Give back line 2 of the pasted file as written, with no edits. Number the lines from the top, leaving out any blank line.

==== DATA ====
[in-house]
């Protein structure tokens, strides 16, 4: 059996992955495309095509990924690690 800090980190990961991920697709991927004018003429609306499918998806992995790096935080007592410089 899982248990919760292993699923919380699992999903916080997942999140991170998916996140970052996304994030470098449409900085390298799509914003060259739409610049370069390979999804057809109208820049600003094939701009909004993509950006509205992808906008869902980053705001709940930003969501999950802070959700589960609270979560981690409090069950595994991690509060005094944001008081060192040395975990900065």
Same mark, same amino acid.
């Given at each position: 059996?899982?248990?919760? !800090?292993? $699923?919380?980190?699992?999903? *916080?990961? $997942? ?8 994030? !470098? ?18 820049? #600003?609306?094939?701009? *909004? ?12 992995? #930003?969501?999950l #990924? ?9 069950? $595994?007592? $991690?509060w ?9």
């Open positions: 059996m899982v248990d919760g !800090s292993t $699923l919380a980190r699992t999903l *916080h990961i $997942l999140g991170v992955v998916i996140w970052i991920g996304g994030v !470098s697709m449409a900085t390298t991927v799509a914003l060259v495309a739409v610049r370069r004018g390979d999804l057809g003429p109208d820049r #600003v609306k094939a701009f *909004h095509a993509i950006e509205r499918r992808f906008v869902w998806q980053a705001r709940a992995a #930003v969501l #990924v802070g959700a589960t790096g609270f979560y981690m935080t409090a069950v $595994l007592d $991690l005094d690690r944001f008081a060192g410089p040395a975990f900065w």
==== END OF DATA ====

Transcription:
């Protein structure tokens, strides 16, 4: 059996992955495309095509990924690690 800090980190990961991920697709991927004018003429609306499918998806992995790096935080007592410089 899982248990919760292993699923919380699992999903916080997942999140991170998916996140970052996304994030470098449409900085390298799509914003060259739409610049370069390979999804057809109208820049600003094939701009909004993509950006509205992808906008869902980053705001709940930003969501999950802070959700589960609270979560981690409090069950595994991690509060005094944001008081060192040395975990900065």